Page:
The United States plans to impose the largest increase in the history of its food aid program after revising its nutrition standards, an initiative that will allow the poorest families in the country to have more purchasing power in supermarkets, but will also substantially increase the country expenses.
According to information advanced by the New York Times , the new rules, which will be officially announced this Monday and which will take effect next October, mean that average profits will increase more than 25% compared to pre-pandemic levels.
All of the 42 million people who receive this type of aid, made up mainly of food stamps or coupons .
The measure does not require approval in the legislative chambers, and, unlike the aid offered during the pandemic, the changes will be imposed in the long term.
For at least a decade, critics of this aid program have pointed out that they were too scarce to provide an adequate diet.
According to figures provided by the New York newspaper, more than three-quarters of the households that receive the stamps deplete them in the first half of the month, and researchers have linked this lack of food to various problems, from a higher number of hospital admissions to a lower attendance in the schools or worse scholastic results.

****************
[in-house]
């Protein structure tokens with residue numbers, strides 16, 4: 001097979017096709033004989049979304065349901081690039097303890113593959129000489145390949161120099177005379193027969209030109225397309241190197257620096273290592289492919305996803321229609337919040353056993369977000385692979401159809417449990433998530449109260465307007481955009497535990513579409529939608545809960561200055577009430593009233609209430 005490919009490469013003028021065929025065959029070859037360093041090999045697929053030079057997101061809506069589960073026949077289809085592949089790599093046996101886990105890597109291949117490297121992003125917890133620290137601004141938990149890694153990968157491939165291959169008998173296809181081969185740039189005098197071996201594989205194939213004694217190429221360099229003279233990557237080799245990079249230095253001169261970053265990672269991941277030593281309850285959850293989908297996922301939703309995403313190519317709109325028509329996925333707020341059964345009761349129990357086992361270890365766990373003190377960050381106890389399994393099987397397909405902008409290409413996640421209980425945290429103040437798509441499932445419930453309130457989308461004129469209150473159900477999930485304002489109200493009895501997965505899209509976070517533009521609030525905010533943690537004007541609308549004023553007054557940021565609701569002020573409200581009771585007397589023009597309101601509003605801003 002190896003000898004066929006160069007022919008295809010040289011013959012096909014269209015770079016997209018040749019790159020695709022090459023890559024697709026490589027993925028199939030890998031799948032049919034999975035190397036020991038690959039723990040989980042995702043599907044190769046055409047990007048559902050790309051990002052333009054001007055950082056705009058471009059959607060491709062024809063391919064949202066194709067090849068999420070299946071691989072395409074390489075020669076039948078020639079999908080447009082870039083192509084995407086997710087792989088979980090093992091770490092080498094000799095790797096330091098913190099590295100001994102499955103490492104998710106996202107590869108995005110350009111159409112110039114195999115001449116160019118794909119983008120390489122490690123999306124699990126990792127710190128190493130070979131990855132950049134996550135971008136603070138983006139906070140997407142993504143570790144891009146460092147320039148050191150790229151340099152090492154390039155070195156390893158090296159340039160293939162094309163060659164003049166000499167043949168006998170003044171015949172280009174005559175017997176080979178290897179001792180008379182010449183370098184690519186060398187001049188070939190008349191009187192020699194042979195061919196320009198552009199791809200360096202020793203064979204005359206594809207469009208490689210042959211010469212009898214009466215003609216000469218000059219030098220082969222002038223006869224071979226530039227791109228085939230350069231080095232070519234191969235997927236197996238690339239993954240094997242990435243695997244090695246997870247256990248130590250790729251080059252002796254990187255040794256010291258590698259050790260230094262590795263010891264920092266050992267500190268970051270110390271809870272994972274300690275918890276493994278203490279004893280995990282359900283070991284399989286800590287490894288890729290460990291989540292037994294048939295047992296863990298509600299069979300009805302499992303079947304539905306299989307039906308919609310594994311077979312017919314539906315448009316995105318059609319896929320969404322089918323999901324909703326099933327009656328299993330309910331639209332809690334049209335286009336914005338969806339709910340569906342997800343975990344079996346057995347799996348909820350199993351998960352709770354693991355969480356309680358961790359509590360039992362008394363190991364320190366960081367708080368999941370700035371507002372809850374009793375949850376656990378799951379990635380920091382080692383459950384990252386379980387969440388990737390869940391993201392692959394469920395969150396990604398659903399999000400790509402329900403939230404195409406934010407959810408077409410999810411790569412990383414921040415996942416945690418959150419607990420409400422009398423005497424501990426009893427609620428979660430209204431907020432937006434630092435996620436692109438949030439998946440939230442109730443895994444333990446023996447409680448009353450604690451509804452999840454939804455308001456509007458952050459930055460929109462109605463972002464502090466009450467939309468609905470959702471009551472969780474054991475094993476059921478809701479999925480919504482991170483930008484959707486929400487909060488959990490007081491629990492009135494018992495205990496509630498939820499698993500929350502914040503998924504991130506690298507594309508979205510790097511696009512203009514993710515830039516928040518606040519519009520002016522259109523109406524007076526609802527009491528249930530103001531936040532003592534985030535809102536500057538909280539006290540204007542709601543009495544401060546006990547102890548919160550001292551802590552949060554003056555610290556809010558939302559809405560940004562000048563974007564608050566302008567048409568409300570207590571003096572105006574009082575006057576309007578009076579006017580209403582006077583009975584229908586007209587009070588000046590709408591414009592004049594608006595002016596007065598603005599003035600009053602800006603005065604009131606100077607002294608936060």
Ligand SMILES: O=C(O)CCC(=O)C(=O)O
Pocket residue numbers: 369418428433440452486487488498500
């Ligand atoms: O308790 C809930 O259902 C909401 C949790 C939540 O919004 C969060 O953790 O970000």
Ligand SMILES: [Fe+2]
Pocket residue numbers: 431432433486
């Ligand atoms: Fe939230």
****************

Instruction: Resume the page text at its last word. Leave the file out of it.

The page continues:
Under the new rules, the average monthly benefit per person would rise $ 36 from the current $ 121.
In an interview last week, the Secretary of Agriculture of the United States, Tom Vilsack, stressed the importance of these food aid that one in eight Americans receive and that currently have a cost of 79,000 million dollars annually, of which he said that ” stabilizes “ the democracy of the country.
“We have a Constitution and a Declaration of Independence, but if we had 42 million Americans starving, very hungry, they would not be happy and there would be political instability , “ Vilsack said.
The new plan will cost about $ 20 billion more a year, and is the first cost adjustment of a nutritious diet that the US Department of Agriculture has made since 1962, regardless of increases for inflation. EFE